July 15, 2011: Marissa Flaxbart

July 15, 2011: Marissa Flaxbart

The bright sun in my eyes wakes me up. A narrow window in my bedroom allows the rising sun to line up precisely with my closed eyes on the pillow. Today, like on any brazenly sunny morning, I wake to the sensation of being blinded.

For the record, I am NOT complaining. I'm in love with the sun, I spent all winter and spring searching it out, facing it with my eyes closed, hoping for some warm relief from the chilled shade. Even now, when it hasn't been overcast for days and the shade finally offers relief from the heat rather than the other way around, I check to see if the sun's out through the oddly-placed windows at work, like I'm checking to see whether or not I can be happy. I am emotionally dependent on the sun.

I might not be alone. Outside, the restaurants are crowded with al fresco diners, the lake is full of boats like it's still the 4th of July and people are swarming Michigan Avenue. In the sun, the city itself seems delighted. I overhear three girls discuss whether they'd prefer to go to the pool or the beach. Everyone seems blissfully unaware of the brevity of our Chicago summer, the brevity we spend the rest of the year complaining about. No one says what's on my mind: It's July 15, and I'm already dreading the winter.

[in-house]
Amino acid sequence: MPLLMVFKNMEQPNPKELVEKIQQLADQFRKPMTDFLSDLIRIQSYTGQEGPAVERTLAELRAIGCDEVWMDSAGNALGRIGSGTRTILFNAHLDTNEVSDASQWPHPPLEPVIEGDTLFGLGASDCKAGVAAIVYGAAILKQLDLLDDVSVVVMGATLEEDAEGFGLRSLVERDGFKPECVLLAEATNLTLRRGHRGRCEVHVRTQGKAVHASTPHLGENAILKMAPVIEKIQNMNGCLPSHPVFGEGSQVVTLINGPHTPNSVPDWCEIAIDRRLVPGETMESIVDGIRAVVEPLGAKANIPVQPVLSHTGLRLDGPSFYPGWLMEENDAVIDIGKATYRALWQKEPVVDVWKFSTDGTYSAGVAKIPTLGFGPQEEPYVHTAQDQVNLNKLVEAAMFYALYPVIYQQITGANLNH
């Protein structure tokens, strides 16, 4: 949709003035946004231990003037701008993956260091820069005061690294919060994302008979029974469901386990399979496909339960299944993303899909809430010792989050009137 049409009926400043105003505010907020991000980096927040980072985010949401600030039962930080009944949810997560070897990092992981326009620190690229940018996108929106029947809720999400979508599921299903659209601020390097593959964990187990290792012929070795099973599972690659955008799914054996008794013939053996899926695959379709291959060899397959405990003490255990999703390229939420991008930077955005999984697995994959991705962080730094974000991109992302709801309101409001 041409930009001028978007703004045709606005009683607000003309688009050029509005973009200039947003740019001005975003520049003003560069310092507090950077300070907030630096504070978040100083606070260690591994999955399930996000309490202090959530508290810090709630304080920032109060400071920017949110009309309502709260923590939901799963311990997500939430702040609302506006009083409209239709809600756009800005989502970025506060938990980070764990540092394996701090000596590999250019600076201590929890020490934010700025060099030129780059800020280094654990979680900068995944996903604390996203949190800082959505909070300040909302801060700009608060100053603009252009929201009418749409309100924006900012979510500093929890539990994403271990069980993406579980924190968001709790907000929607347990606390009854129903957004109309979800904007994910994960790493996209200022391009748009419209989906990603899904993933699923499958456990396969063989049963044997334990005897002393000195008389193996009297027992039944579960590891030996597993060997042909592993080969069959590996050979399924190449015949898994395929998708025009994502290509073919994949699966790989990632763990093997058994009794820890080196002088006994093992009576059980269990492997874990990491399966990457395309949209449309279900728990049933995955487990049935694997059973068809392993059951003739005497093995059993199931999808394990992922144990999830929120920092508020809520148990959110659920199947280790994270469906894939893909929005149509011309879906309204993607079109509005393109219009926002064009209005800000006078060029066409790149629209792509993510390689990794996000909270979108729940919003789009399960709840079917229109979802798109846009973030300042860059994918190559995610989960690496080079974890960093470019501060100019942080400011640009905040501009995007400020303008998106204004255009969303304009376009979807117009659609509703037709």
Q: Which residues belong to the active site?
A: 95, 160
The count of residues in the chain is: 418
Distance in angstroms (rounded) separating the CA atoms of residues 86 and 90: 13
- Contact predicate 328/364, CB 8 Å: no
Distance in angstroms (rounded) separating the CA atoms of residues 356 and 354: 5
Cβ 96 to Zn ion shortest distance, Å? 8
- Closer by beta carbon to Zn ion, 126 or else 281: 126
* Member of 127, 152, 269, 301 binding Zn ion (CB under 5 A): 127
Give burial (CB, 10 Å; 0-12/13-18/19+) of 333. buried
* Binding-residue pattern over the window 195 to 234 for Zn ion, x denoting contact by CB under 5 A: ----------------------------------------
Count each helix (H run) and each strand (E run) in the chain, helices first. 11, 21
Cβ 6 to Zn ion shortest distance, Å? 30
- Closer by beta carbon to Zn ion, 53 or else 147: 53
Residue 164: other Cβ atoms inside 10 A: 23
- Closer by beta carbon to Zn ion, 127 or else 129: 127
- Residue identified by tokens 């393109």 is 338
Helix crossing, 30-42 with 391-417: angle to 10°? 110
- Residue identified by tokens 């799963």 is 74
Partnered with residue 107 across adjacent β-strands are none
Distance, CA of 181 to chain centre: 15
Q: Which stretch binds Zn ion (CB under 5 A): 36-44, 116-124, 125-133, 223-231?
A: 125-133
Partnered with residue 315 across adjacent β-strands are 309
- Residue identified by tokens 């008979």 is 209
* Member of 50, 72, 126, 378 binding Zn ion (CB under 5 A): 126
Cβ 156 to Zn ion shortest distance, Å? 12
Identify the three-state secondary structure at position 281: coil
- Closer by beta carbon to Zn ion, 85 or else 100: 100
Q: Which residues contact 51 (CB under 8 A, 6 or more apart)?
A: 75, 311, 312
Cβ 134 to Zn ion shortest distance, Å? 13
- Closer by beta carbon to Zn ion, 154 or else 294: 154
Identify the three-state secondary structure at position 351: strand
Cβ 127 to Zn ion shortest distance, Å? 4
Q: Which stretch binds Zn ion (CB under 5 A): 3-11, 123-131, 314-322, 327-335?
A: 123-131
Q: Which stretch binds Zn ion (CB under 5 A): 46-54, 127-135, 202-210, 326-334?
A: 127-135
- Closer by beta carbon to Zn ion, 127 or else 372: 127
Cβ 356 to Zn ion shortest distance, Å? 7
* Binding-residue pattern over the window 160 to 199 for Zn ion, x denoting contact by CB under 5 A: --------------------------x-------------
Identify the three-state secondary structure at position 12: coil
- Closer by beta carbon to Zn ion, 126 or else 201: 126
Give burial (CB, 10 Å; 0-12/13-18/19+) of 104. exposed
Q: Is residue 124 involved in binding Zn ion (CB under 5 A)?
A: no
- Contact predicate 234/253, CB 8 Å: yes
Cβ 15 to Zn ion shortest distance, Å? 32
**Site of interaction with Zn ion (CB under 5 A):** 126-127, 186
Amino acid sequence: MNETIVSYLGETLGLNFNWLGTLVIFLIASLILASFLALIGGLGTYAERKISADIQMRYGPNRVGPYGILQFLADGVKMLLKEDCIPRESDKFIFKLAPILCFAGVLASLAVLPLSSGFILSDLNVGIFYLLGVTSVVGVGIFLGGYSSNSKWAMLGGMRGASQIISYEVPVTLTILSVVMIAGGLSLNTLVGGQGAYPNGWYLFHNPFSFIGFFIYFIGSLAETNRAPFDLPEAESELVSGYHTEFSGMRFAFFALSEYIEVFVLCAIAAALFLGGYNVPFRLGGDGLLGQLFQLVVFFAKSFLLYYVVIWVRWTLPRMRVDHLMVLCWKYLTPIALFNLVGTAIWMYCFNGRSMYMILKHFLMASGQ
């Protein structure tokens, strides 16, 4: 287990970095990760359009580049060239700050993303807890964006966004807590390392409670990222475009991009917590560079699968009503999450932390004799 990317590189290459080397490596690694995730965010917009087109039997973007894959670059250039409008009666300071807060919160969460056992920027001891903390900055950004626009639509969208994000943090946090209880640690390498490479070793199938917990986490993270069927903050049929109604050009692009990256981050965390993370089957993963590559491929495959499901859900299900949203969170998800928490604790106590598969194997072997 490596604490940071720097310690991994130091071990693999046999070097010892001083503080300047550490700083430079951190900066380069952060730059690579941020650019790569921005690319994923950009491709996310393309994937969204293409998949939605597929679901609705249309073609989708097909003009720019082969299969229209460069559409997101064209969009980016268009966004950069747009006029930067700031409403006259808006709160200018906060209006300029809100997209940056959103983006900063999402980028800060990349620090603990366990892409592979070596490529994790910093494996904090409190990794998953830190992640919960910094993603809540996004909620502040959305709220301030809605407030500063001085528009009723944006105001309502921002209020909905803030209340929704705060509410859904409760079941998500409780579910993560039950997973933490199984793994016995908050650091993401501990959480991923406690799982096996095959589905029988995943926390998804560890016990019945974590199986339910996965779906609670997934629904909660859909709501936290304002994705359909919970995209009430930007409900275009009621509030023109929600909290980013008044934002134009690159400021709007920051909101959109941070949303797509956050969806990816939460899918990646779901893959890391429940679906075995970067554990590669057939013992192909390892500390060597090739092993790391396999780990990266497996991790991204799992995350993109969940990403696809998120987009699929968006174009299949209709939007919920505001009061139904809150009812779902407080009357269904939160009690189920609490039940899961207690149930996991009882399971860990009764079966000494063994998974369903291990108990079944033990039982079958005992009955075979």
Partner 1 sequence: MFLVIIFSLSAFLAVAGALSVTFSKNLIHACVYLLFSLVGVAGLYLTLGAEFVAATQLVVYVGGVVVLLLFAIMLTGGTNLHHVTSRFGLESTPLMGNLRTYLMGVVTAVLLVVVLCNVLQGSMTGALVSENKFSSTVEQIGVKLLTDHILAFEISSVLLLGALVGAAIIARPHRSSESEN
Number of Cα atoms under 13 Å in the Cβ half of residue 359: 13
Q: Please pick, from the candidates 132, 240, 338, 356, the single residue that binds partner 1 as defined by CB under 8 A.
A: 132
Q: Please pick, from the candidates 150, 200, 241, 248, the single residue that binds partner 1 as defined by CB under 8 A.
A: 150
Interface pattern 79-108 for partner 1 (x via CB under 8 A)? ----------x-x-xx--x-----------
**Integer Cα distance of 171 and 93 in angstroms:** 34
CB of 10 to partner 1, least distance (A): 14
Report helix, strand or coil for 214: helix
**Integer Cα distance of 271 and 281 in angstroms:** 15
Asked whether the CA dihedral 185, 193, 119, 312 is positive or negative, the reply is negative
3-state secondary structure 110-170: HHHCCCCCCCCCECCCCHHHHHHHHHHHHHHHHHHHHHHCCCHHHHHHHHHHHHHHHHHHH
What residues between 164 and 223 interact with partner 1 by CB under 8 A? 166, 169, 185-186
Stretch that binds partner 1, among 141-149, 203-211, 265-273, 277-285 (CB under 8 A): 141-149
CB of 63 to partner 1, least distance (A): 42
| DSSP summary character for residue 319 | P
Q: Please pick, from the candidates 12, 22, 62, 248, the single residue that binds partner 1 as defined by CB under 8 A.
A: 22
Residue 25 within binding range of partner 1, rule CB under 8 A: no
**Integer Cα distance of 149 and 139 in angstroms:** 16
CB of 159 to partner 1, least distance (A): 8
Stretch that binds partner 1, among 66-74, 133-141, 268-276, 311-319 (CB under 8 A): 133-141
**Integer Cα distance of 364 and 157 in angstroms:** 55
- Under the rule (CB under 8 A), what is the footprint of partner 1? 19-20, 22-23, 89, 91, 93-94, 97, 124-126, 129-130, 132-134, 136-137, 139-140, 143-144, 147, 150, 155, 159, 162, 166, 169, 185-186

Every year it starts a bit earlier, this dread, a private promise that this will be my last Chicago winter before I pack it in and head for somewhere with weather a little less bi-polar. I can’t be the only one who goes through this annual ritual, can I?

Of course, I know that perpetual sunshine would be much less precious, that we Chicagoans live for our summers, and that the city’s sunny July extasy couldn’t exist if we didn’t have those gray winter doldrums. So I suck it up, close my eyes, and look toward the bright sun, which hasn’t hidden from me once today. I put on my sunglasses. I buy a straw fedora. I dip my toes into the icy water of Lake Michigan and forget every time but now.

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About the author: Marissa Flaxbart lives in River North. She writes for Gapers Block, blogs, and just made a documentary on showchoir. On Twitter, she’s @flaxbart.

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